How should businesses, HR departments and global mobility companies respond to the challenges brought about by coronavirus? What are the moral, legal and practical implications of this crisis?
Special report by Marianne Curphey
The Coronavirus (or COVID-19) has affected virtually every continent in the world and global travel is increasingly curtailed and restricted. For many businesses, the challenge is to keep staff who are abroad safe, ensuring they have accurate and up-to-date information – and are fully supported. Managers must also make key decisions on future assignments, balancing the risk to staff against the need to continue operating as a business and providing a service to clients.
Putting employee wellbeing at the forefront of care
On a practical level, Paul Holcroft, associate director at HR consultancy Croner – which specialises in employment law, HR and health & safety – says the key is always to know where your employees are and where they are going. This may sound like a simple task, but the practical challenges of keeping track of every member of staff around the world on an hour-by-hour basis can be overwhelming.
He says you should consider alternatives to any planned travel to affected areas; for example, postponing a trip or carrying out meetings via Skype.
“If travel is deemed necessary, then you should effectively but proportionately manage the risk. Always know where your employees are and where they are going. Ensure they are given clear instructions on hygiene.”
If employees report symptoms of the virus while they are travelling, you will need to support them. Also, if employees become sick with the coronavirus, they should be paid sick pay in accordance with your normal policy, says Michael Burd, partner at law firm Lewis Silkin.
“Employees who are not sick but are being requested to remain away from work may be able to work from home,” he says. “Even if they cannot work from home, they should be paid their normal salary if they are well enough to work, but are being requested not to attend work.”
Travel insurance: getting the right policy
The foundation of good employee care overseas is a comprehensive travel insurance policy. Historically, healthcare and travel insurance policies have been reactive, i.e. when the employee needs help they call for assistance and the 24/7 assistance provider delivers the required solution. However, a new suite of insurance products are now much more proactive.
Juan Peña Núñez, business development director atHealix International, says that travel and healthcare insurance products now offer an impressive suite of proactive benefits, so that people can access pre-travel medical and security information hotlines, apps, portals, travel-specific e-learning, high-level medical and security risk reports, and security alerts. “While these policies can be very comprehensive, there still may be a perceived shortfall in cover for services not traditionally covered under the insurance,” he says. For example, employee traveller tracking, close protection, medical and security consultancy, medical screening, and pandemic disease planning may not be covered.“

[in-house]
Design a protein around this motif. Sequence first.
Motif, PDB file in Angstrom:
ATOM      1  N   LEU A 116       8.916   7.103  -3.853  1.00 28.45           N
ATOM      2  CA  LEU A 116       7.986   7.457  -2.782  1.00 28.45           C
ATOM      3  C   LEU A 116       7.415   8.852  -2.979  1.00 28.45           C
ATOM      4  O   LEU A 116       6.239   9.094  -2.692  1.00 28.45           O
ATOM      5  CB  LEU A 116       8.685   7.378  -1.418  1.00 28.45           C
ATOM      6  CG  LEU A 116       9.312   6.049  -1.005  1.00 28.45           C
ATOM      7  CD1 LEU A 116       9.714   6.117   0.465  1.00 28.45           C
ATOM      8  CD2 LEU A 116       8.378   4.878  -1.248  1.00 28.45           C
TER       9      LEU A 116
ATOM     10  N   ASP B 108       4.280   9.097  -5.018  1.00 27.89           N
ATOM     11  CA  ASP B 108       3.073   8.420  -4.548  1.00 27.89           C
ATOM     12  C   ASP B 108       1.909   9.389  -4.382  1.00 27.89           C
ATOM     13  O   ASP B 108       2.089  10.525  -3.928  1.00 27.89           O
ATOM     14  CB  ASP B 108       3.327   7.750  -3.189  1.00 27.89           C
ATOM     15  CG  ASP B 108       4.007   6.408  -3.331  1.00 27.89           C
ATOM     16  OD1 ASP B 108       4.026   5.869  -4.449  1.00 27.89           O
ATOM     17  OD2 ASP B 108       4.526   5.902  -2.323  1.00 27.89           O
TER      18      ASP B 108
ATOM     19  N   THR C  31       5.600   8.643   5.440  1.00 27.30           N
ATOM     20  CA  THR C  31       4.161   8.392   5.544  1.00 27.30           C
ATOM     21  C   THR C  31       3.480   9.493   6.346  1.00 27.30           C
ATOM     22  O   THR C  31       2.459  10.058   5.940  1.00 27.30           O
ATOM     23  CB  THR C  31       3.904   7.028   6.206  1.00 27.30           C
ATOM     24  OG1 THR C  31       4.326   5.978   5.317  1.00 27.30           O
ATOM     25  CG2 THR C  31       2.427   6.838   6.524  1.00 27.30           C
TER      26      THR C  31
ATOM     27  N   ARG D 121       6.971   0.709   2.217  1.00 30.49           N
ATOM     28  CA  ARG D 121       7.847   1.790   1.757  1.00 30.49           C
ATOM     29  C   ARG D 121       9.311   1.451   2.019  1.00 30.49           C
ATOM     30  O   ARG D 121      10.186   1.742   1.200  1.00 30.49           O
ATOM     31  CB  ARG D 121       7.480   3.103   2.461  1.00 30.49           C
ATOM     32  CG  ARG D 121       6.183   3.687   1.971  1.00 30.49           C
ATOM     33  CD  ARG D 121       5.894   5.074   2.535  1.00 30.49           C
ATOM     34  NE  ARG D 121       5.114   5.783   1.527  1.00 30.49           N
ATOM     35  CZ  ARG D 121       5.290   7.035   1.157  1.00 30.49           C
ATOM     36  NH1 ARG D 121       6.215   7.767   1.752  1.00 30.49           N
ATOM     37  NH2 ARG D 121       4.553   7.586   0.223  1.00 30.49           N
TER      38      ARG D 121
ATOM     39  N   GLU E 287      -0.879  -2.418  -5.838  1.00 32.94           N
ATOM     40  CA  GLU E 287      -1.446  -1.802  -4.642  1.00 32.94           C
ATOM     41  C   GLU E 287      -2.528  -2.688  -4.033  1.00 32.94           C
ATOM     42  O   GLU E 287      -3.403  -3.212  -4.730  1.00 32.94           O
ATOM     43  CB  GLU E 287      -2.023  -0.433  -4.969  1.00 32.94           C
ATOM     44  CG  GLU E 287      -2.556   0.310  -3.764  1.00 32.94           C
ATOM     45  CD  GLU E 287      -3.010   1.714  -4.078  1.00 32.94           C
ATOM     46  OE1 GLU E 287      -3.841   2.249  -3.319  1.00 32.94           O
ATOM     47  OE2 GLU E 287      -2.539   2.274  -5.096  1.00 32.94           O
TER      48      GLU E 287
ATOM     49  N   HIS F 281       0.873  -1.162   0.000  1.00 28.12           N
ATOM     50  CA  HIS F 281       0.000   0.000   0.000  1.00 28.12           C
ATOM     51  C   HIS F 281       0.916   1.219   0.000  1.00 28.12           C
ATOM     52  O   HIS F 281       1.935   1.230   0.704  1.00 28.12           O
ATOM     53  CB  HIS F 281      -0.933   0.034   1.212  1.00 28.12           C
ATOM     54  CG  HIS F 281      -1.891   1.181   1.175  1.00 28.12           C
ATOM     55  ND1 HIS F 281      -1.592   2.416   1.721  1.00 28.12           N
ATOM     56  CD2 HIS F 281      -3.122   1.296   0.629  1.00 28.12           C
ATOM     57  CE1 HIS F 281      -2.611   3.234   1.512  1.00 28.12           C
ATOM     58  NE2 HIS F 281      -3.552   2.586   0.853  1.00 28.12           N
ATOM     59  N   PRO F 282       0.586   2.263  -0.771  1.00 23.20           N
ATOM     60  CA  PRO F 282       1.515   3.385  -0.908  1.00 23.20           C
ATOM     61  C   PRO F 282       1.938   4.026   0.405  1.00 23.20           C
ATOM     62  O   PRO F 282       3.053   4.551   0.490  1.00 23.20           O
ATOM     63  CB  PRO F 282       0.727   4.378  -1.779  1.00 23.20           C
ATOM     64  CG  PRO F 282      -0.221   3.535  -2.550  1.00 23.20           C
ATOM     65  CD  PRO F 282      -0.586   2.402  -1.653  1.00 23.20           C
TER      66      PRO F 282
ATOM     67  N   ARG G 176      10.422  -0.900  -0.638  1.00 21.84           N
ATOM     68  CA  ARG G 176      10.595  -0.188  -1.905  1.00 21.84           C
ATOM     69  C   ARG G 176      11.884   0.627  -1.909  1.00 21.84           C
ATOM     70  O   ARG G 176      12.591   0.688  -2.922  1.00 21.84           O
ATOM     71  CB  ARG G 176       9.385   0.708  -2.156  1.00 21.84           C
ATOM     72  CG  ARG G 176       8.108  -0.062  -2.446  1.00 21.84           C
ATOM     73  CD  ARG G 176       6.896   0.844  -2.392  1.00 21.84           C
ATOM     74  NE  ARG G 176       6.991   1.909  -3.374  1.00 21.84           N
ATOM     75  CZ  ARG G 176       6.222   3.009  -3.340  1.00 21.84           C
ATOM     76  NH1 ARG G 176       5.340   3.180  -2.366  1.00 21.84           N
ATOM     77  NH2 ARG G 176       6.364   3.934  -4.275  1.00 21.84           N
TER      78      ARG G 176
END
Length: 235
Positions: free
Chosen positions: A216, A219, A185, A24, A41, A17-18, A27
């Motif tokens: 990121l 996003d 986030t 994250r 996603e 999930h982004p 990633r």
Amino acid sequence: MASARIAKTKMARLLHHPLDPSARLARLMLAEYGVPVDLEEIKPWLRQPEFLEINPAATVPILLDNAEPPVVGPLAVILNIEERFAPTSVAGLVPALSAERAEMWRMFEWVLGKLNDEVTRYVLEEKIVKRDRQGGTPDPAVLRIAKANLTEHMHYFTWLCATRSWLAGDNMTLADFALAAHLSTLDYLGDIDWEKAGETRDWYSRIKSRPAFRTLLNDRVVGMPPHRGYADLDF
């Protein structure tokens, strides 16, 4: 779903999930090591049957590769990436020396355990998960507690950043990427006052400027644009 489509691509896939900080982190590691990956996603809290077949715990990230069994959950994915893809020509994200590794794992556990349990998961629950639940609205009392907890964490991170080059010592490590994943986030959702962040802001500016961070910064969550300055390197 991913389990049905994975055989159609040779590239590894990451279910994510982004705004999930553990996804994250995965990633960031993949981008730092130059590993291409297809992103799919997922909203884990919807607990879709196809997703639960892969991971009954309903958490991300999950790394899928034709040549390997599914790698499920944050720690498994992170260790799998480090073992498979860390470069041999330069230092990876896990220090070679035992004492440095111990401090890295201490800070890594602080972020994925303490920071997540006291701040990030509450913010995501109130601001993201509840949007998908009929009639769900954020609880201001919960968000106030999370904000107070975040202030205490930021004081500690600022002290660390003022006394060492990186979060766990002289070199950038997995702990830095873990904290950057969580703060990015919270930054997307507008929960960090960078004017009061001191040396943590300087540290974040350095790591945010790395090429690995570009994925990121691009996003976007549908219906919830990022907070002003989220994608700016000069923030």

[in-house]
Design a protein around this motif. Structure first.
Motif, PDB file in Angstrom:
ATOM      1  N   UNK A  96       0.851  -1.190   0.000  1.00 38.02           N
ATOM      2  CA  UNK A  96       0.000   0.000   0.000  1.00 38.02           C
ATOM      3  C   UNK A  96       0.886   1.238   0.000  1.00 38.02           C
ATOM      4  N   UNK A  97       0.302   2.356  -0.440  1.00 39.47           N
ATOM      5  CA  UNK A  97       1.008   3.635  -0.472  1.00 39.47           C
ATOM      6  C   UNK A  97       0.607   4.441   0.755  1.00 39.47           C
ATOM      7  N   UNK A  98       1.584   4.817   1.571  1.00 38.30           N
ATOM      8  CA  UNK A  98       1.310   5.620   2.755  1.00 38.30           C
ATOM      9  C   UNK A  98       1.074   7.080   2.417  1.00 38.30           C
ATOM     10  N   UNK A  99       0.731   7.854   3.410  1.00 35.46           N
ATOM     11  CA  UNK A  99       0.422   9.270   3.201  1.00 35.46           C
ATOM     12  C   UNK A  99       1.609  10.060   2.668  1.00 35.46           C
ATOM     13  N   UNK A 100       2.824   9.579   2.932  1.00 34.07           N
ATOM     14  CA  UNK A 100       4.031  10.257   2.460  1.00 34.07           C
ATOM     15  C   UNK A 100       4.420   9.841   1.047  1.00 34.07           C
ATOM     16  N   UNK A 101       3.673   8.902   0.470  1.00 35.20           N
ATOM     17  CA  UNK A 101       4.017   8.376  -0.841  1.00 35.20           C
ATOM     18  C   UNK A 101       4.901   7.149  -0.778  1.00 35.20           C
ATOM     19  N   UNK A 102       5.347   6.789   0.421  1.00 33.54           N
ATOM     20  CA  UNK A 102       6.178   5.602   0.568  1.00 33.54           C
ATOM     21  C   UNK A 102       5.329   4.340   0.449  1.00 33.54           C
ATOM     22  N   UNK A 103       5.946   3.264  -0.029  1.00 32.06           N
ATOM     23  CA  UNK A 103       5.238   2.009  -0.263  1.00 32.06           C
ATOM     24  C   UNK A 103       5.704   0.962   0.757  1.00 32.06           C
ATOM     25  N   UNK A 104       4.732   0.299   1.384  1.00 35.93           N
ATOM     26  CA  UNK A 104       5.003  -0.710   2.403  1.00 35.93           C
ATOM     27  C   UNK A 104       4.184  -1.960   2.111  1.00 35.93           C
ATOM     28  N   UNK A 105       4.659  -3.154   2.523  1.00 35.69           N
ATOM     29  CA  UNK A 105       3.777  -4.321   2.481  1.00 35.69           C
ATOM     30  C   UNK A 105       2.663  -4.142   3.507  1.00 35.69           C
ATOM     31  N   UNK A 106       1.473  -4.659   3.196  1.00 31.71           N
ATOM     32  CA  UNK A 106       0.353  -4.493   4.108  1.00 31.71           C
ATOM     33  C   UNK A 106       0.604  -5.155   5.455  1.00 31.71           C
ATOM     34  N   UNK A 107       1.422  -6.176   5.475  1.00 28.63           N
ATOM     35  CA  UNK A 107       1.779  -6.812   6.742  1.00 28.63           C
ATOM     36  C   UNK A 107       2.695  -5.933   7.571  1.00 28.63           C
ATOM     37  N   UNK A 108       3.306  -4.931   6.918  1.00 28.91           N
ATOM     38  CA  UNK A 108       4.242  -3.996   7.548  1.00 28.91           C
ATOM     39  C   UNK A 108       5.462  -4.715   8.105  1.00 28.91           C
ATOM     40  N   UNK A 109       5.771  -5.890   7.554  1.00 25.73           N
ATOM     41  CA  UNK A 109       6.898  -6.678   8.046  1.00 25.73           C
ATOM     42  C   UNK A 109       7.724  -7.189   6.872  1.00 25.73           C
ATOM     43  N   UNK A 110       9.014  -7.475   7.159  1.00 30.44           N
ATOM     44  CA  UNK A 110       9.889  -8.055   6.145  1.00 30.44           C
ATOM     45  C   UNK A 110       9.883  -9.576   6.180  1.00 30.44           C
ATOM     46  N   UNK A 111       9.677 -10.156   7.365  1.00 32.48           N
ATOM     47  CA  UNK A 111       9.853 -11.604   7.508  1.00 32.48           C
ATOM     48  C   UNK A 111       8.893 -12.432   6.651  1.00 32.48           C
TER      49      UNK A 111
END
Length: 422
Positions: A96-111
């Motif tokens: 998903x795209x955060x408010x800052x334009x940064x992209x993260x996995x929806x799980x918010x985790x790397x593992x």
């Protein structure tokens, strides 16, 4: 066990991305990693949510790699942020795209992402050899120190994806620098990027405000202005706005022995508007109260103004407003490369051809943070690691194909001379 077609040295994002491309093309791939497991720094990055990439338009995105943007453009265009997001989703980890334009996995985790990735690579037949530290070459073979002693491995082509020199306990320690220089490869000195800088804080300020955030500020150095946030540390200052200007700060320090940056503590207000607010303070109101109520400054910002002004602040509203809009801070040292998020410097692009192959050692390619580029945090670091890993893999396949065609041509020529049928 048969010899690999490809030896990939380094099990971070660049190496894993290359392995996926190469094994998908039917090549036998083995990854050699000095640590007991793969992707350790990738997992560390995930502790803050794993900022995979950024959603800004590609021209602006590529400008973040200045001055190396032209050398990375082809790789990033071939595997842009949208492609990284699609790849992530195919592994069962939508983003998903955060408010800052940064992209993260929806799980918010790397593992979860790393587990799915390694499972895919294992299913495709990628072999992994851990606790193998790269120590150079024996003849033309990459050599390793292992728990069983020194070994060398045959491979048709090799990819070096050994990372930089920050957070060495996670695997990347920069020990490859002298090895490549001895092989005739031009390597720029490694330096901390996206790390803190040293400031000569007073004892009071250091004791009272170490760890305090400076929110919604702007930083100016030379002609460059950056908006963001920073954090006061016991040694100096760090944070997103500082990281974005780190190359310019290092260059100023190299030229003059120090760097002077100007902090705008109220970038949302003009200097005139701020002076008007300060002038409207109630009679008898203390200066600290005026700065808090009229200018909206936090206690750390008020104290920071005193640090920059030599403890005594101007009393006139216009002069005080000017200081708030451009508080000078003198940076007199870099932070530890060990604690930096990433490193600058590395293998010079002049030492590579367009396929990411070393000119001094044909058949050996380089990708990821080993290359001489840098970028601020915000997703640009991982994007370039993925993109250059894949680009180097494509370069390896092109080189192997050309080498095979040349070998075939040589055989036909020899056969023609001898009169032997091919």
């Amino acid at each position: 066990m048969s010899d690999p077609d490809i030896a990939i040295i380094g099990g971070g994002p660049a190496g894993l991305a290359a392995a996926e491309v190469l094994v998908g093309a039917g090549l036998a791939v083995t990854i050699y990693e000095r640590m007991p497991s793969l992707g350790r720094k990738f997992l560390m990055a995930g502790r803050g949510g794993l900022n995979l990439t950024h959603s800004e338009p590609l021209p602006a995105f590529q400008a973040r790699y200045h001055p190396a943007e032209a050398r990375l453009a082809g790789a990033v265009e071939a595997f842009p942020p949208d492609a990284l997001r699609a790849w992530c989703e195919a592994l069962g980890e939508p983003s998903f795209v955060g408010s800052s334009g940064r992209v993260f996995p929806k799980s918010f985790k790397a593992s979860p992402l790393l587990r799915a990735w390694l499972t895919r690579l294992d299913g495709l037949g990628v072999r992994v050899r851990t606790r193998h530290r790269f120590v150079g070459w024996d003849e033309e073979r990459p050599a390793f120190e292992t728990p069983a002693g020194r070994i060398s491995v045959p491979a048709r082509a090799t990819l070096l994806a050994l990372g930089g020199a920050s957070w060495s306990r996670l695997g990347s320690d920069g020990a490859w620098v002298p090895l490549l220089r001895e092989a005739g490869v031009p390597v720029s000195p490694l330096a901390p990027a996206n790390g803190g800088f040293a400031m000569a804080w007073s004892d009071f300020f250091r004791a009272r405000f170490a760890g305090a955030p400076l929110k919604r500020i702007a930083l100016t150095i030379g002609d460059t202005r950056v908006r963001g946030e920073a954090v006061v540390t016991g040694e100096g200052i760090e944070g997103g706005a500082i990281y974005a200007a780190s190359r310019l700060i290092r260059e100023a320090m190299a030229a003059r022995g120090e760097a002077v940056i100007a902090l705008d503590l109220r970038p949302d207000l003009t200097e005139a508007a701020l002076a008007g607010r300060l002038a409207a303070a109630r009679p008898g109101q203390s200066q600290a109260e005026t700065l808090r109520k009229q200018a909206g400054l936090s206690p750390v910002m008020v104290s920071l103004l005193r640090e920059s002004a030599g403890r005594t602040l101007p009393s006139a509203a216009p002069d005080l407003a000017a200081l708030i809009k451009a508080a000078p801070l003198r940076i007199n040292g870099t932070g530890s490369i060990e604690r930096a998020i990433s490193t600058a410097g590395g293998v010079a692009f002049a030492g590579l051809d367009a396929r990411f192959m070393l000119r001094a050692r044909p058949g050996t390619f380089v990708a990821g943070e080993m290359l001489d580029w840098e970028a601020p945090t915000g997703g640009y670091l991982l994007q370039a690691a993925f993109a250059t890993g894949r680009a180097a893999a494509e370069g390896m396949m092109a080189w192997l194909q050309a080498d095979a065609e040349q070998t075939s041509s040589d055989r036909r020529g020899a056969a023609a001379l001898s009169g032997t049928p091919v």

This often results in organisations supplementing their insurance cover by buying top-up risk mitigation services – usually from their emergency assistance provider – for an integrated one-stop solution,” adds Mr Peña Núñez. This can complement the insurance product simply and efficiently, by providing a single point of contact for insured and non-insured risk mitigation services.
Typically, unless the Foreign and Commonwealth Office (FCO) has advised against travel to a destination, customers will not be covered by their insurance for what is called a ‘disinclination’ to travel. “However, having a range of relevant insurance products to choose from at the point of sale can help to protect customers, such as cancel for any reason (CAFR) insurance, which would enable customers to claim in such circumstances,” says Peter Smith, head of strategic partnerships - travel (EMEA) at Cover Genius, which provides insurance for the world’s largest e-commerce companies, including travel brands such as Booking.com.
Emergency assistance for employees
While insurance can be useful before and during an employee’s stay overseas, the Coronavirus presents a particular problem in terms of evacuation and recovery, says Dr Adrian Hyzler, chief medical officer at Healix International. “In a confirmed case of COVID-19 it will be very difficult, if not impossible, for the assistance company to evacuate any employee back to their home country,” he says.
There are only a few specified Air Ambulance providers that are equipped and willing to carry contagious patients. What’s more, an evacuation ofthis sort would need governmental agreement from both the current and admitting country, and there would need to be agencies prepared to provide suitable ground transfers. In the case of a patient with symptoms, two negative COVID-19 tests are usually required before they would be given clearance to travel.
As part of supporting employees, healthcare insurance can provide a 24-hour medical assistance helpline to speak to health professionals, advice on local regulations and clear medical instructions if the person is already experiencing symptoms.
Issuing advice as the Coronavirus situation changes